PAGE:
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Reduced Fat and Cholesterol Red Velvet Cake

Reduced Fat and Cholesterol Red Velvet Cake

  • Prep

    40 m
  • Cook

    20 m
  • Ready In

    3 h
Mary Pecbot Brown

Mary Pecbot Brown

I made some alterations for this wonderful and rich Southern favorite! This cake has all the flavor and richness of a traditional red velvet cake, but you won't feel guilty while enjoying it! With the use of whole wheat flour instead of all-purpose, you are getting fiber and dessert in one! The frosting that goes with this cake is equally delicious and almost guilt free! This cake is delicious!

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Original recipe yields 16 servings

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Nutrition

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  • Calories:
  • 202 kcal
  • 10%
  • Fat:
  • 1.3 g
  • 2%
  • Carbs:
  • 36.3g
  • 12%
  • Protein:
  • 10 g
  • 20%
  • Cholesterol:
  • 4 mg
  • 1%
  • Sodium:
  • 458 mg
  • 18%

Based on a 2,000 calorie diet

Directions

  1. Preheat oven to 350 degrees F (175 degrees C). Spray 2 9-inch cake pans with cooking spray. Whisk together the whole wheat flour and salt in a bowl.
  2. Beat together the applesauce, 3/4 cup plus 1 tablespoon of sugar and sucralose baking blend, and egg substitute with an electric mixer on Medium speed in a large mixing bowl. In a small bowl, stir the cocoa powder and red food coloring together until smooth, and mix into the liquid ingredients. Gradually beat in the whole wheat flour mixture, alternating with buttermilk in several additions, and mix in 1 1/4 teaspoon of vanilla extract. In a small bowl, stir the vinegar and baking soda together, and mix into the batter. Pour batter into the cake pans, and tap the filled pans on the counter to remove air bubbles.
  3. Bake in the preheated oven until the cakes are set and a toothpick inserted into the center of a cake comes out clean, 20 to 25 minutes. Allow to cool completely before frosting.
  4. For frosting, place the vanilla yogurt and cottage cheese into the work bowl of a food processor, and process until smooth; add the cream cheese, and process again to smoothly blend the mixture. Add confectioners' sugar and 1 teaspoon of vanilla extract, and process again to make a smooth frosting, 30 seconds to 1 more minute, scraping the sides of the bowl. If frosting seems too stiff to spread, blend in skim milk, 1 teaspoon at a time, until the frosting is spreadable and smooth. Chill frosting for 1 hour before frosting cake. After frosting, chill cake before serving for easier cutting.
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Reviews

Mary Pecbot Brown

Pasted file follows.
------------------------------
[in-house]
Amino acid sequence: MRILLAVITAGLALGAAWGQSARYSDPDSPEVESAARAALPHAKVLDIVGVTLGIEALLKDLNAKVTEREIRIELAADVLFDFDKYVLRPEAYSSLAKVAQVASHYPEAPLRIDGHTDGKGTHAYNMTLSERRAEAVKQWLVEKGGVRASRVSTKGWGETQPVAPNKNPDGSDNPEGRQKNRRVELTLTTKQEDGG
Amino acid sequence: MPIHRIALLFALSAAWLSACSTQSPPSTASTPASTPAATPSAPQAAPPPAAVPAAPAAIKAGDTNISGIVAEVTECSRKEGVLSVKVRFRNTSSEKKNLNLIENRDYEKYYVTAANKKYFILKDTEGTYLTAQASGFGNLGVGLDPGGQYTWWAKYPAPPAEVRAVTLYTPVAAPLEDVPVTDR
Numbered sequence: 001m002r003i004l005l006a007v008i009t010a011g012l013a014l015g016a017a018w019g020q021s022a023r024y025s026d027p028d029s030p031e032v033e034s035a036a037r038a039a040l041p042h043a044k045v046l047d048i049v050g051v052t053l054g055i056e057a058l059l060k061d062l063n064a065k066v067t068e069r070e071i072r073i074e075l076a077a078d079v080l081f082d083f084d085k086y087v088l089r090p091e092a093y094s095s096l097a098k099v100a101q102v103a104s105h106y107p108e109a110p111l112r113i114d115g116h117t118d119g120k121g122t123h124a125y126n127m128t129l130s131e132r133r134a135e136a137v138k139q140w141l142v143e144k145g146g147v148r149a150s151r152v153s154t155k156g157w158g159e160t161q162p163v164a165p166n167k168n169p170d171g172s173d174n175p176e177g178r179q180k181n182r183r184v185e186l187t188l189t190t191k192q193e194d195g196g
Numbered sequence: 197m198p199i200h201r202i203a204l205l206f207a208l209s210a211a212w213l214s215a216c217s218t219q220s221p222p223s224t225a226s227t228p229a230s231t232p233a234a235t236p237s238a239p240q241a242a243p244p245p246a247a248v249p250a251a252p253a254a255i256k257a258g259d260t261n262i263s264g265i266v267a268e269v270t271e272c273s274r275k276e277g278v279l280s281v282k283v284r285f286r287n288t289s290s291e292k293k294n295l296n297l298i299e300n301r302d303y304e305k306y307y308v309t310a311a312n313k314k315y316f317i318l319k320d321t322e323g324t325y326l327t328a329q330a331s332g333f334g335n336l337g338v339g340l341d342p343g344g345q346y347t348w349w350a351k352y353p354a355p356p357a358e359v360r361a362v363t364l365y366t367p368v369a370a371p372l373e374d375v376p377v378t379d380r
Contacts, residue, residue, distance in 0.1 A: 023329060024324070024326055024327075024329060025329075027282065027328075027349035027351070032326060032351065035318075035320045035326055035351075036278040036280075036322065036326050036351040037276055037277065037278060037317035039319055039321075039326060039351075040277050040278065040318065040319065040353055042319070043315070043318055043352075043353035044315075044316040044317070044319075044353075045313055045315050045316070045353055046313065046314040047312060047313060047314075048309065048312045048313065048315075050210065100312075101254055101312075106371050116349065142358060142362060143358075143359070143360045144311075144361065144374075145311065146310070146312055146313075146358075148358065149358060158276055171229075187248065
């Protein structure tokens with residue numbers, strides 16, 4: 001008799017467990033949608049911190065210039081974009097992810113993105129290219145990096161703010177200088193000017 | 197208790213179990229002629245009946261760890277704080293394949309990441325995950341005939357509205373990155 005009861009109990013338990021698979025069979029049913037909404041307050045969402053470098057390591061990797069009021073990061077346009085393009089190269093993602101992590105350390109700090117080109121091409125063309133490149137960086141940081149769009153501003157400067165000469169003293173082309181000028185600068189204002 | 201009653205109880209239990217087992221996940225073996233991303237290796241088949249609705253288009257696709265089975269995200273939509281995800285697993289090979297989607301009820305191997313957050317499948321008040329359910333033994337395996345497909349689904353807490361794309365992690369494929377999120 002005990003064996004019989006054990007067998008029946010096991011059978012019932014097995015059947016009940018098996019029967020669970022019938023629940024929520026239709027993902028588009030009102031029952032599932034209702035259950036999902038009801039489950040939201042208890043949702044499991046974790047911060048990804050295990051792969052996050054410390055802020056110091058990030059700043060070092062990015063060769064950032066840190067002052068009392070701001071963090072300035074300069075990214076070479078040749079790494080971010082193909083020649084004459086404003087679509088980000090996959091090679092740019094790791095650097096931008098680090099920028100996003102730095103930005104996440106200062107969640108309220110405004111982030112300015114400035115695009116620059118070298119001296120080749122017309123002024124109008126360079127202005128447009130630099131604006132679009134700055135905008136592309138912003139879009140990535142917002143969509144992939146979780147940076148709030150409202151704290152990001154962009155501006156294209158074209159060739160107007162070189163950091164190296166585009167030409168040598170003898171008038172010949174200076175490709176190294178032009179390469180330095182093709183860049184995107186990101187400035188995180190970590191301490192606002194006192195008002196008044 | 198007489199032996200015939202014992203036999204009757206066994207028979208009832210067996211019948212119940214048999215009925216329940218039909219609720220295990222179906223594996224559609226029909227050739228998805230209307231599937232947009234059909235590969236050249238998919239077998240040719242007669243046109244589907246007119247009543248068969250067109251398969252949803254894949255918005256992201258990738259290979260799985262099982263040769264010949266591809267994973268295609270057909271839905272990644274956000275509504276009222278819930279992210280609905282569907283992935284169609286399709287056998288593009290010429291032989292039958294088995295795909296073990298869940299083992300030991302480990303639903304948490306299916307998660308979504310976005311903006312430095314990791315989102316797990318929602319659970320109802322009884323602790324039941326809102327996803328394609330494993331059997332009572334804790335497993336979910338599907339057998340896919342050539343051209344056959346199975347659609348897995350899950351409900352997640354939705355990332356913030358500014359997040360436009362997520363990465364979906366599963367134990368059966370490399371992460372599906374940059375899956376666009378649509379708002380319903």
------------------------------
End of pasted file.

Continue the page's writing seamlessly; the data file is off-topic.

21

Mary Pecbot Brown

7/4/2011

The original recipe was submitted using reduced fat cream cheese, cottage cheese and yogurt. I do not reccomend using fat-free as the texture of these will alter the final product and make for a runnier frosting. Also if you do not have butter milk on hand, you can make your own! Mix 2 tablespoons white vinegar with fat free or reduced fat milk, stire and let stand for 5 minutes. This is usually what I do, since I have no need for a large bottle of buttermilk after I make this cake. You can also use egg whites instead of the egg beaters...instead of egg beaters use 4 egg whites. You may also need to add additional powdered sugar to stiffen the frosting. Remember that the nutritional information will change if you alter the recipe.

HelenCave
14

HelenCave

8/19/2011

This "cake" does not taste bad, but neither does it taste like cake either. It was an experiment to me, and every single person I served it too agreed that it much more closely resembled a sweet, dense red velvet muffin. The cake was extremely heavy and short. The icing was delicious but did not taste like normal icing and was difficult to spread because it was so thin. It was much more similar to overly sweet yogurt. I also found that the artificial sweetener was funny tasting and needed to add some sugar to keep the cake from tasting awful. The original recipe called for 1 1/2 cup sugar so I added about 3/4 cup sugar to this recipe. I would NOT recommend this recipe if you are trying to make something that resembles a traditional red velvet cake, or trying to make a cake for other people. However, if you're just trying to be healthy and eat it within your own home, go for it!

Genevieve'sBaking
10

Genevieve'sBaking

6/26/2011

Not bad, but I got to say, using fat free isn't nessairly the best for you. Low fat foods and fat free have lots of added chemicals to them,preservatives, and don't tell me wrong a TON of artificial sweetners, whenever I bake I use natural cane sugar, 1% cottage cheese, 1 cup buttermilk because all the ones with no fat are really bad for you. But; nicely done cake, without cheese or milk it could be vegan.

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